Mental Health at CKHS

How YSBP could help.

The facts – taken from

by James Guillory, Reporter

Teenage mental health is a worldwide issue.  According to statistics, suicide is the leading cause of death in adolescents, and each year almost five thousand young people, between the ages of fifteen and twenty-four kill themselves. But it doesn’t have to be this way. Enacting change, even on a small scale helps. Such as in our school, right here at Central Kitsap.

The facts – taken from

Many agree that the school’s support for mental health isn’t bad, “I’ve seen worse in other schools” Max Sutton (Senior) says, but there’s always room for improvement. 

Central Kitsap is highly ranking, but this stems from education, not on the well being of its students. As an anonymous source said “bullying is a serious issue…at CK it’s really overlooked because we have a reputation to uphold…We’re very academically inclined, and we want to keep that image. We don’t want people knowing that there’s bullying at the school, because that creates a bad image.”

On the topic of mental illness in general, the problem stems from ignorance. The staff at Central Kitsap take proper safety precautions when dealing with students in danger of themselves, but when it comes to mental health awareness, staff and students lack the tools to help. 

“If they talked about it more at school, there’d be a lot less fear,” an anonymous source said. A few of their classmates were aware of their situation and it changed the way these classmates treat this anonymous source. Some “think I’m an extremely fragile human being now rather than just a human being” and others “think I’m going crazy,” they said. 

It’s not only students, but some teachers can also make mistakes too. As Sutton put it “some teachers…have caused me to have a complete breakdown in class because of the little things they’ve said.” 

The most effective way to handle more complicated mental issues is through discussion and education. 

Risk factors – taken from

There is of course professionals to help, but the number of local psychiatrists who see minors is lacking. “They typically don’t take those issues seriously,” an anonymous source said, “because you’re of an age where you’re still going through development,”. 

Central Kitsap has taken steps to help youth mental health by hiring a psychologist and having the counseling department there in a time of need.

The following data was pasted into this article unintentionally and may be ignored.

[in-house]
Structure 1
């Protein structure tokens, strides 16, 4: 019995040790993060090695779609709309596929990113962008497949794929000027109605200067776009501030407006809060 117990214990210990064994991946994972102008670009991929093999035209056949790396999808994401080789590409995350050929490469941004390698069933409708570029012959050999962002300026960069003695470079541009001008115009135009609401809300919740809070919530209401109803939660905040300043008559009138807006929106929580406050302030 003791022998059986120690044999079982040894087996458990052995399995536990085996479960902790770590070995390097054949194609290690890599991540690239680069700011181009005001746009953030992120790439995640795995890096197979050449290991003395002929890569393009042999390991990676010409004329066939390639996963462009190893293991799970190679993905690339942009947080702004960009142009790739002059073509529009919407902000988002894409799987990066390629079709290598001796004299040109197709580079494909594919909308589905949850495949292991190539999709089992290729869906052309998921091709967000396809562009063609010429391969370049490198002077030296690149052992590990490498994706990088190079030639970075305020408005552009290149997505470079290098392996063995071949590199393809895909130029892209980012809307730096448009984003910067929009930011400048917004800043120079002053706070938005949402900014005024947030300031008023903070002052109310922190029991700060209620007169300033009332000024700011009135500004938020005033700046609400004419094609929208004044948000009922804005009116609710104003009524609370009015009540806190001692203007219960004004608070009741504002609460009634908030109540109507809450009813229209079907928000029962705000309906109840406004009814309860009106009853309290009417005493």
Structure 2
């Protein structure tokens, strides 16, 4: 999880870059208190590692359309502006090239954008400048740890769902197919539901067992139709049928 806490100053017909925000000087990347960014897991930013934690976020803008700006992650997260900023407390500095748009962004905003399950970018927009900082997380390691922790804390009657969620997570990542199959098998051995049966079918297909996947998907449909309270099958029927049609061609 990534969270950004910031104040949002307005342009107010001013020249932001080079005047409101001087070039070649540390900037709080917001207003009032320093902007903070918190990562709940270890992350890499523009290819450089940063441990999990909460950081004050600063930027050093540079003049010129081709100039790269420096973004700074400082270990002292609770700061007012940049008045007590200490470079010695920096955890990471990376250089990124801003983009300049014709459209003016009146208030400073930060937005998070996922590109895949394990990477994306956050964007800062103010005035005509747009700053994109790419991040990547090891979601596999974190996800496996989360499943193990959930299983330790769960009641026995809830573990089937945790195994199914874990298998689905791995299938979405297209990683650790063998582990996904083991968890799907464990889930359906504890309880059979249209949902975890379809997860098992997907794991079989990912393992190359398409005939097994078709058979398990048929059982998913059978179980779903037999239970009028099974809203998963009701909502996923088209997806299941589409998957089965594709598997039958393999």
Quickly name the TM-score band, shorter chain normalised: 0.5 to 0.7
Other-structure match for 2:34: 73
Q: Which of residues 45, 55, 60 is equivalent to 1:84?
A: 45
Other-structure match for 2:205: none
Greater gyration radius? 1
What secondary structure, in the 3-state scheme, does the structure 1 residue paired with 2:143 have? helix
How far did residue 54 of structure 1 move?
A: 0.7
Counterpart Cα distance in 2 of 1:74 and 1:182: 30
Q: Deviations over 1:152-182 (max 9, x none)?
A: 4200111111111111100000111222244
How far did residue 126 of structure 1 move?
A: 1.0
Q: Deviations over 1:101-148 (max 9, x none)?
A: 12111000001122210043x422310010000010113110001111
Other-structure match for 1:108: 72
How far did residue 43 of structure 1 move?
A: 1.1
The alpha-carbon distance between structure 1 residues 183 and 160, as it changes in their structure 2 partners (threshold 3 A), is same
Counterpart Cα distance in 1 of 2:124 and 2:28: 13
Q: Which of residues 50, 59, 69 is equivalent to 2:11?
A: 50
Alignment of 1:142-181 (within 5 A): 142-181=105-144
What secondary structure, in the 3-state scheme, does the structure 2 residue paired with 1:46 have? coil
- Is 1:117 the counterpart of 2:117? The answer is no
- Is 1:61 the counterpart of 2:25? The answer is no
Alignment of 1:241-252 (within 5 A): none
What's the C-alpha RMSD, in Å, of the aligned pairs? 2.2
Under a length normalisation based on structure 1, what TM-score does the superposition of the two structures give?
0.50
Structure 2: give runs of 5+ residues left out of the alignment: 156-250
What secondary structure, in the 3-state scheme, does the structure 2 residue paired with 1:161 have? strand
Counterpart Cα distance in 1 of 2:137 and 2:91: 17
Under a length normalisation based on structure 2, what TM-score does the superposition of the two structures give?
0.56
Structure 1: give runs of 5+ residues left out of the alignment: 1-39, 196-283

But sometimes adults are busy, and students just need someone to listen, something like a peer who understands, which is where a YSBP club could come in. YSBP (Youth, Suicide and Bullying Prevention), could aid in the schools’ attempts by reaching out and educating those on the facts of Mental Health, along with helping those who are currently struggling by listening and giving them the necessary resources to get better. 

YSBP currently lacks an adviser, but several ambitious students by the names of Max Sutton, Dylan Lundblad (Junior), and others have all stepped up to enact it again, and they all have hopes for the future of the club. 

Lundblad hopes to spread awareness about the issues of suicide and mental health, such as de-stigmatizing the topic, saying “helping to keep the environment that it’s okay to talk about these things,” along with addressing the academic pressures put on high school students. 

Sutton aspires to help others also by awareness, and by reaching out to those struggling to help them find their own ways healthily to cope. Along with creating a safe space for students to discuss the struggles they face in their own lives, a space in which students can get support from their peers. 


It can often seem hopeless, or that a short term problem is unsolvable or unstoppable, but change is always possible, and the first step in enacting change is acknowledging what is at hand. 

Whether it’s a family member, a friend, or a loved one don’t ever be afraid to ask for help. If you need someone to talk to or pointers on how to support others there are people here to help! 

If you believe someone is in need of urgent help or is in danger contact a trusted adult. In times of need, visit  the following hotlines –